It disgusts me that I have to write this article. Once upon a time, there was such a thing as journalistic ethics. Apparently, those died. Note to aspiring journalists, if you work up an internet news site that is based on facts – only the facts, and every fact you can find and validate – I will happily pay a subscription fee to read it. I am heartily sick of reading tabloid-quality news.
- Look at the website link. If it’s not a .com … just don’t be bothered. I had two people on my FB list link to news from a .com.co address (the same fake news address) with fake news stories from OPPOSITE sides of the political spectrum. Clickbait.
- You want to read a wide variety of source material, from the best sources you can find. The Big Dawgs will *not* report things that they don’t want reported, but they generally won’t outright *lie* about what they do report. They have what is left of their reputations to consider.
- Make sure to read at least one news source that comes from a perspective with which you do not agree.
- Yes, you’re going to have to read multiple news sites to get some kind of information aggregate.
- No, I don’t have any good ideas about how to get all the unreported news. There’s a lot of it, and I want it as much as you do. Hey – I want it on a local basis, my local news doesn’t report half of what happens, that I *know* is happening. Drives me nuts. Hello aspiring journalists… please get to work!!!!
- Read between the lines. What’s being implied? How is this being reported? Can you determine a slant to the reporting? Do you *know* that the newsite you’re reading from (including the BigDawgs) has a slant on this issue? Giant Grain of Salt.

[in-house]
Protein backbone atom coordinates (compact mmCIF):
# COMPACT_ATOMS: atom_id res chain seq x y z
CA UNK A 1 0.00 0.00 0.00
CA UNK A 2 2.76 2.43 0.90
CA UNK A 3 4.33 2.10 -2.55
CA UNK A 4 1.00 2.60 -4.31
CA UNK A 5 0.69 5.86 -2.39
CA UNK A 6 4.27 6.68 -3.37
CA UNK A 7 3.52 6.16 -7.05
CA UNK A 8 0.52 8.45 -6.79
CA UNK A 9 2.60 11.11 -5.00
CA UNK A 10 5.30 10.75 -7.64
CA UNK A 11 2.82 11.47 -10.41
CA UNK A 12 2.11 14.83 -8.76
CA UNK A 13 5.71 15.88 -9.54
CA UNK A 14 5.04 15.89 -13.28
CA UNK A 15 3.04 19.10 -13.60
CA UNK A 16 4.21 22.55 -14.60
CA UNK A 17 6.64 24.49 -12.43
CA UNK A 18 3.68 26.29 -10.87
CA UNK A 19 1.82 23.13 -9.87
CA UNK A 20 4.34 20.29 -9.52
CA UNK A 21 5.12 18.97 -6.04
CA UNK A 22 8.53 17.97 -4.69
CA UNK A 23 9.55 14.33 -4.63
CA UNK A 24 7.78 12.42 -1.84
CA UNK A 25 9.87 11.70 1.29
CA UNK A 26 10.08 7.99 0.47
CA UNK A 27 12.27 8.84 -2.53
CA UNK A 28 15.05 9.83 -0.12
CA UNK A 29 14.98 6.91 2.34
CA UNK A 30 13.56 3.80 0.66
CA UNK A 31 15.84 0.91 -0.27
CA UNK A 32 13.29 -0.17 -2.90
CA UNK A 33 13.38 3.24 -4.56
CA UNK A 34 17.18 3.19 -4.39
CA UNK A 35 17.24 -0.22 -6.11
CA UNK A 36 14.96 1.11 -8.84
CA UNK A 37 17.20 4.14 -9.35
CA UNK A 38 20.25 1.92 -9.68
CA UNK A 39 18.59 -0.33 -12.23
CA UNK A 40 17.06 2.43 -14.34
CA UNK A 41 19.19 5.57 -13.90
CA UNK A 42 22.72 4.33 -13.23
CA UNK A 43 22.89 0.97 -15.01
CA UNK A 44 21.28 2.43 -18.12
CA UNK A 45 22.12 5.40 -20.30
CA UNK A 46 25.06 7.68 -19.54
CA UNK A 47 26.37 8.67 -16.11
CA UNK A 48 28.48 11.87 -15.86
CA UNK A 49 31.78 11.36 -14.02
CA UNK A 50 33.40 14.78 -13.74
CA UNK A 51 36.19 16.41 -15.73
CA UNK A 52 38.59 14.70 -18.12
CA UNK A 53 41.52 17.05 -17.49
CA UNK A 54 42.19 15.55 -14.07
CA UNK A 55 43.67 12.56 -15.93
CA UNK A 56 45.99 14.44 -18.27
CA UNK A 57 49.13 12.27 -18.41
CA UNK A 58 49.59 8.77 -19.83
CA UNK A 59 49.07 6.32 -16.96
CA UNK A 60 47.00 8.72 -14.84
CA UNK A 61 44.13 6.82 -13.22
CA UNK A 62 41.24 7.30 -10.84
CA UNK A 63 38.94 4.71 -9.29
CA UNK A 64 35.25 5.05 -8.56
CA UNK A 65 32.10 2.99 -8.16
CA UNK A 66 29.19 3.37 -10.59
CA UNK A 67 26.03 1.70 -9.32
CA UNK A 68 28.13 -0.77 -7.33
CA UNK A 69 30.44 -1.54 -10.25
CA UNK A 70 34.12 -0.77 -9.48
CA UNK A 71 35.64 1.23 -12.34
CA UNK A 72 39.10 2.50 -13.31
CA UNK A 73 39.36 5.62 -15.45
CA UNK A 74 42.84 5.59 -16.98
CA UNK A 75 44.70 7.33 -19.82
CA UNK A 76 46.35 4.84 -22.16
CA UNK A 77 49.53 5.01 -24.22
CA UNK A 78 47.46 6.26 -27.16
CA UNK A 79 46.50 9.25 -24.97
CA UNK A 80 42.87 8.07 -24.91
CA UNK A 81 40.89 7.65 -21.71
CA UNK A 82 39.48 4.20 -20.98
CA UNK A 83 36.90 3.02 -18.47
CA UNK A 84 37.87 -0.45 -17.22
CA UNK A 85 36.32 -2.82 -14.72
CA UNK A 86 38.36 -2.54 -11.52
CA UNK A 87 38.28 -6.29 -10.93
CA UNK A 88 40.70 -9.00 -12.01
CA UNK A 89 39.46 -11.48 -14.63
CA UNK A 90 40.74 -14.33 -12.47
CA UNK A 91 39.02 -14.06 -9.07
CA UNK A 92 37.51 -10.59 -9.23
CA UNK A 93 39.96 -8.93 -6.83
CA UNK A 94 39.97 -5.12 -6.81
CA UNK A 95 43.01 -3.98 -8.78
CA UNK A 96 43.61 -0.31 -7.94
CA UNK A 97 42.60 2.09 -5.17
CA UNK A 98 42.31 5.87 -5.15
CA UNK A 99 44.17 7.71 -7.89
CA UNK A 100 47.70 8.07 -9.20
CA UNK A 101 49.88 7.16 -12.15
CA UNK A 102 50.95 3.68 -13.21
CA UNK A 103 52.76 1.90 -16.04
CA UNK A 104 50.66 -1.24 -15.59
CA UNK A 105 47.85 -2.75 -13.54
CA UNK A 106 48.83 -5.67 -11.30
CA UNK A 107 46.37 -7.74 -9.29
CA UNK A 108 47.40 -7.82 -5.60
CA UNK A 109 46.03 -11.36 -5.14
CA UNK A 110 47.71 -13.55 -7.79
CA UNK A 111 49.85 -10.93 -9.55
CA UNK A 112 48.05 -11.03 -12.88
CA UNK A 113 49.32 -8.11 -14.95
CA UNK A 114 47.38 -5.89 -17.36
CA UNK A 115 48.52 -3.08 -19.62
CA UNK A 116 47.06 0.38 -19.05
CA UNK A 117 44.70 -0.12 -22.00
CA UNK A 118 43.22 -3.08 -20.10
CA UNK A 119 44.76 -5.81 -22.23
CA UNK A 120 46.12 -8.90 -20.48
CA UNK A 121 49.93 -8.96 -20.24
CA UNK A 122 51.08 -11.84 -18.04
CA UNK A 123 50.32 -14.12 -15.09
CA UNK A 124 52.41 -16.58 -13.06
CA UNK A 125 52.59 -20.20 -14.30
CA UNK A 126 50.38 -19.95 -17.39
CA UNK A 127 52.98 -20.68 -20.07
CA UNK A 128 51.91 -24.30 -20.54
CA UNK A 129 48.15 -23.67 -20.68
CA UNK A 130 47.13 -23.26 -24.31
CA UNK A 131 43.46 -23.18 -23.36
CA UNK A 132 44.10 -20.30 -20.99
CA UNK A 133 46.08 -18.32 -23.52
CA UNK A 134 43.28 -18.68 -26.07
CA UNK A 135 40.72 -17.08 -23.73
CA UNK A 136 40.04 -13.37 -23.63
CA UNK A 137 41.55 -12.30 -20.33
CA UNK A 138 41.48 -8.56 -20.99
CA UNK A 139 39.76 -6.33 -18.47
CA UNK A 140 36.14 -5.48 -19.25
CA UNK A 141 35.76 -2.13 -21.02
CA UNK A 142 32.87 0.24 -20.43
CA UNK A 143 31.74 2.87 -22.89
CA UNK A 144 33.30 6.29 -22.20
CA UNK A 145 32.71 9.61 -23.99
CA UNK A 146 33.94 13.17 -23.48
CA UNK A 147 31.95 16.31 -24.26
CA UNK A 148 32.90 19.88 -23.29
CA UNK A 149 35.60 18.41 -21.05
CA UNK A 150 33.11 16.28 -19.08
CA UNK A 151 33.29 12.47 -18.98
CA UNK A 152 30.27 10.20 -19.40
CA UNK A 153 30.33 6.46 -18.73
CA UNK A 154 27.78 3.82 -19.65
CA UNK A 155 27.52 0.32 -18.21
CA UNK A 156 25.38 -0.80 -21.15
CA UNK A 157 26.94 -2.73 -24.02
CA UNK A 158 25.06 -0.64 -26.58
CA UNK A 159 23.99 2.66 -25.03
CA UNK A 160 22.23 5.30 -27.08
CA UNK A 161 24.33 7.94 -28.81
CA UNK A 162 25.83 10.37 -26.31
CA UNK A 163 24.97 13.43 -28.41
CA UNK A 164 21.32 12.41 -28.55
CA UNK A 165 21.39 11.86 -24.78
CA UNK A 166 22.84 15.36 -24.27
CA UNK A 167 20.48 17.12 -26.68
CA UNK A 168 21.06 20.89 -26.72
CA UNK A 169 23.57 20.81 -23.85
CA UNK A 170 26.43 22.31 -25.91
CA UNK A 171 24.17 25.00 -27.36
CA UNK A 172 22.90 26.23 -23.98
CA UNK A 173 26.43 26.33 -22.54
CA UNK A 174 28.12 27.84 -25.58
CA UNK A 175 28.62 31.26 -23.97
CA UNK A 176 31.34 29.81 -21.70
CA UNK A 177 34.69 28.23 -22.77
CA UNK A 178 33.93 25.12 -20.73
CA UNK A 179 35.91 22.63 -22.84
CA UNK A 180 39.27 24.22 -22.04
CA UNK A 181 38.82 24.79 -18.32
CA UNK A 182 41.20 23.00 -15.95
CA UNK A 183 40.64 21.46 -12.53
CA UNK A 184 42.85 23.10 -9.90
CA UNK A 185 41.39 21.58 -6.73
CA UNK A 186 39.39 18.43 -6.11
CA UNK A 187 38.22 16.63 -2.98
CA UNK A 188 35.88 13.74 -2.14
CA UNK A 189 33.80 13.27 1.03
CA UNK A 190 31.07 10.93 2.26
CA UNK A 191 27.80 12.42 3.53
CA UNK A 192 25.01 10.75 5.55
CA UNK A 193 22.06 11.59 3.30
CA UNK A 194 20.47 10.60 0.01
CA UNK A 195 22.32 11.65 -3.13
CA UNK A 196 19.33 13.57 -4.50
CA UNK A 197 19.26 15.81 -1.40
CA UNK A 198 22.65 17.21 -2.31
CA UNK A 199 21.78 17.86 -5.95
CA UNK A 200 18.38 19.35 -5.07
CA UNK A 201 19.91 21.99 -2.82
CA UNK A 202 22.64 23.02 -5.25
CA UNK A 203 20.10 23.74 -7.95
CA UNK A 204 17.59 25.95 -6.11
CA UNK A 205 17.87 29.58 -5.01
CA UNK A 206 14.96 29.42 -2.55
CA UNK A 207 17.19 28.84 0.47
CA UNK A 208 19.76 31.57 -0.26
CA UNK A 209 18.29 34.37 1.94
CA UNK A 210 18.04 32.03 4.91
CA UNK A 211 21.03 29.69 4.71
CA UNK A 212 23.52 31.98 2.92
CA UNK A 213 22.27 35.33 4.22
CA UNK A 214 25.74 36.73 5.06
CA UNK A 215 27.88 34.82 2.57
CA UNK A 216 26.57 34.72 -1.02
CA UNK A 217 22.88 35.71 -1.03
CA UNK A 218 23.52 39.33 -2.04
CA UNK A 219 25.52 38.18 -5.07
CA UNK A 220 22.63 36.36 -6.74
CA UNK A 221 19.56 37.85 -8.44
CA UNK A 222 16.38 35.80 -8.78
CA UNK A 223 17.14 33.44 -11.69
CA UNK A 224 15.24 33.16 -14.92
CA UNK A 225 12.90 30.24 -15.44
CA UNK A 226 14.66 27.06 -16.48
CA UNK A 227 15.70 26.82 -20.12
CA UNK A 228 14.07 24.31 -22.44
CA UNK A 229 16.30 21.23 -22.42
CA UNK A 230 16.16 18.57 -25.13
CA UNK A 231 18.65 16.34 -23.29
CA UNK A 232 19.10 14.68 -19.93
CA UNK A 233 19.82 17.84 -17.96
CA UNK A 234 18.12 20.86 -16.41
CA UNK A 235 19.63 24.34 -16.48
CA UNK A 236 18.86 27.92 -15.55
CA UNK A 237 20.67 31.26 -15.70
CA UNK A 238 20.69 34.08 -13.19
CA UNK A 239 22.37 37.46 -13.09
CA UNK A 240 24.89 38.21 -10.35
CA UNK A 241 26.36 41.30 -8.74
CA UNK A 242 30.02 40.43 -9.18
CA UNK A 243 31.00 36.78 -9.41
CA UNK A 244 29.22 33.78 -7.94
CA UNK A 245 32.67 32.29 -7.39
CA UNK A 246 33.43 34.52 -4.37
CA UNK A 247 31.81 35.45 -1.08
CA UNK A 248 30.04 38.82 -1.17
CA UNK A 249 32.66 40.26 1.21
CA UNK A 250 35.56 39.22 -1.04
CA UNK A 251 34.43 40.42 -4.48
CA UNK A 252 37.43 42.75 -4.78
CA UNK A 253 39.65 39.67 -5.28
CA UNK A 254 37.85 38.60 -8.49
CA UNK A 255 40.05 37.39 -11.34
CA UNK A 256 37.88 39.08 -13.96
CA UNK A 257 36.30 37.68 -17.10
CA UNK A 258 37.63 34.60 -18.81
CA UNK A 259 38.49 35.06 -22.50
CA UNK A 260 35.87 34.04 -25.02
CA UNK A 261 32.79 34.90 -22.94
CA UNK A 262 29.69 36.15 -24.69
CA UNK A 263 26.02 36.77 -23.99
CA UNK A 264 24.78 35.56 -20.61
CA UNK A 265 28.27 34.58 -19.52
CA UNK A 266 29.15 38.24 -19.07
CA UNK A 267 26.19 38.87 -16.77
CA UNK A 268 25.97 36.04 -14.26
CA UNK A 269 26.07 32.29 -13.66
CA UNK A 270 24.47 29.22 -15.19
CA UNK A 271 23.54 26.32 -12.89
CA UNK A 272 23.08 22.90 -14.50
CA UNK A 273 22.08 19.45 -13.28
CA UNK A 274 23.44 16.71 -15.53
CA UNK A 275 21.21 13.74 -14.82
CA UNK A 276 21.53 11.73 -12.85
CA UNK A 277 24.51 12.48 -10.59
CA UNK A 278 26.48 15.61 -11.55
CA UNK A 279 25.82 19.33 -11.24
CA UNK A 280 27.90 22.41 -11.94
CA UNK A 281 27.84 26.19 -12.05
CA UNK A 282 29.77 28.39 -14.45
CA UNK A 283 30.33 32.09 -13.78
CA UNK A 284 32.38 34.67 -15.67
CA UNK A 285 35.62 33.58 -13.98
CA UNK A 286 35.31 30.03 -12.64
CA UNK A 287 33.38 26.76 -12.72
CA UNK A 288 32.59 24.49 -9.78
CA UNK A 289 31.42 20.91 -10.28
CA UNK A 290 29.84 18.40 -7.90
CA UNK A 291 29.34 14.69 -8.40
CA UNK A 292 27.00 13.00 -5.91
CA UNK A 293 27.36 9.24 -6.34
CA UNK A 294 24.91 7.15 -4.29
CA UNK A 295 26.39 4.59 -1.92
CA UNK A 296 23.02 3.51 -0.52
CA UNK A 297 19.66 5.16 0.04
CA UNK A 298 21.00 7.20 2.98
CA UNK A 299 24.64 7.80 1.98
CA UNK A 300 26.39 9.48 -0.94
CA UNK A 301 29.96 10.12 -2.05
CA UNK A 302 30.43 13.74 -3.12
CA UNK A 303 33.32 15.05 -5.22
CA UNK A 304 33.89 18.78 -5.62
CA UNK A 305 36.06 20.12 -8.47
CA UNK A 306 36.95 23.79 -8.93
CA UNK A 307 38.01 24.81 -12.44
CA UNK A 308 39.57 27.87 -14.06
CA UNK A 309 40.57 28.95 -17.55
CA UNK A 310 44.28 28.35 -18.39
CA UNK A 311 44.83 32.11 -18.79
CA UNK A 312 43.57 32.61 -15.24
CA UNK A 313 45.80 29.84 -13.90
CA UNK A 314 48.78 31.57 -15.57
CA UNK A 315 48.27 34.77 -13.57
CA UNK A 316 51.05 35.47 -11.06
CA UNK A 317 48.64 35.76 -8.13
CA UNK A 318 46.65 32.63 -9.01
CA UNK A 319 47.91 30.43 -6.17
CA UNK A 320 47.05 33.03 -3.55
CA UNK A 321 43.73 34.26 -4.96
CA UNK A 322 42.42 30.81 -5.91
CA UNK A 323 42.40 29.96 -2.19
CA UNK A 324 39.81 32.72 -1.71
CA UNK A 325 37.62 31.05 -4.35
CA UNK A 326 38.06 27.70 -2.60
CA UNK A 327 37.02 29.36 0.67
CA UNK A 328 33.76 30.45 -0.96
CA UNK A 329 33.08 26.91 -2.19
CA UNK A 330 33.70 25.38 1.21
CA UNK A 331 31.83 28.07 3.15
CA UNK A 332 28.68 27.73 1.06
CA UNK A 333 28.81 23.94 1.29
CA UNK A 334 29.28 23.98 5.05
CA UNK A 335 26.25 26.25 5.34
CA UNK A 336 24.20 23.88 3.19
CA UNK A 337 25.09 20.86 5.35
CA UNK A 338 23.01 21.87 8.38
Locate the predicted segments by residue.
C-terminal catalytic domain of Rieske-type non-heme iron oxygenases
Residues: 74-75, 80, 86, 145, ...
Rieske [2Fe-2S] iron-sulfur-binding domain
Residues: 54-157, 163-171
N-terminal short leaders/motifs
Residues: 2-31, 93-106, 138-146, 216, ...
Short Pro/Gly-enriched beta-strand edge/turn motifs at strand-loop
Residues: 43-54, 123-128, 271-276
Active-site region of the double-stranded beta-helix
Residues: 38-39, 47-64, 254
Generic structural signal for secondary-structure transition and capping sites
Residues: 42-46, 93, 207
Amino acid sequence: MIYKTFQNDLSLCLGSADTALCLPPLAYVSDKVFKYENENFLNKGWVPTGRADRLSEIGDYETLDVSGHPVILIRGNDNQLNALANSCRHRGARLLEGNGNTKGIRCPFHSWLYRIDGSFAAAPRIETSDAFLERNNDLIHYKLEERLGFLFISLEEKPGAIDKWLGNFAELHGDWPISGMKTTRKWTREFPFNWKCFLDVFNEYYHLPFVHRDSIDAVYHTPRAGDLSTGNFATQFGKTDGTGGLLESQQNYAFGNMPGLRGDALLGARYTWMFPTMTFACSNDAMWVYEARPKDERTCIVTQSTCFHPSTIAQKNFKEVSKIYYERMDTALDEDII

- Read the whole article, not just the headline. “Man Bites Dog” might be “in self-defense” or “because he was insane” or “hot-dog eating contest”… but you won’t know if you don’t read. Clickbait is. Read the *whole* article. The whole.Darn.Thing.
- Follow links to original source material. I don’t know how many times I’ve seen an article that supported my personal worldview and followed the above steps only to hit the source material and find that it was much less inflammatory than the article made it seem.
- Understand that there is – or should be – original source material to just about anything. If the President signs something into law, or makes some sort of proclamation, guess what? The White House has an official page for that. We learned this in school. Read the article’s bibliography!
- Watch for those inflammatory bits. One junior representative making a motion does not equal a “push for penguin rights”.
- Patience is a virtue. We don’t actually know what is happening until it happens – sometimes you have to wait for the cake to bake before you know if it’s chocolate or strawberry. If someone is reporting that “Bob is building a castle” and Bob is still on the foundation steps and hasn’t indicated what he’s doing … assumptions are being made. You have to wait and see. (Very hard in the era of instant news and news as entertainment).
- You and I are being manipulated by our news media. One way or the other, it’s become highly inflammatory. Everyone is lying – or at least omitting quite a lot of truth.
- So, if we are going to respond to the news, we have the responsibility to dig for the truth. Disseminating falsehood to our friends is not friendship. Don’t repost, don’t discuss, don’t do ANYTHING until you get to digging.
- Let’s make a pact to not be offended by the phrase, “Can you prove that?” A desire for properly researched source material is good! And we can all fall victim to sloppy thinking… all of the above is a lot of work.
- Just because you don’t like someone, or you don’t like what they say, doesn’t mean that they’re lying. Same thing goes – prove it. If *they* can prove what they’re saying… then you have to accept that it’s truth, even if you then immediately act to change it.
I’d love other ideas about how to get good news, or non-tabloidy news sites. Your thoughts?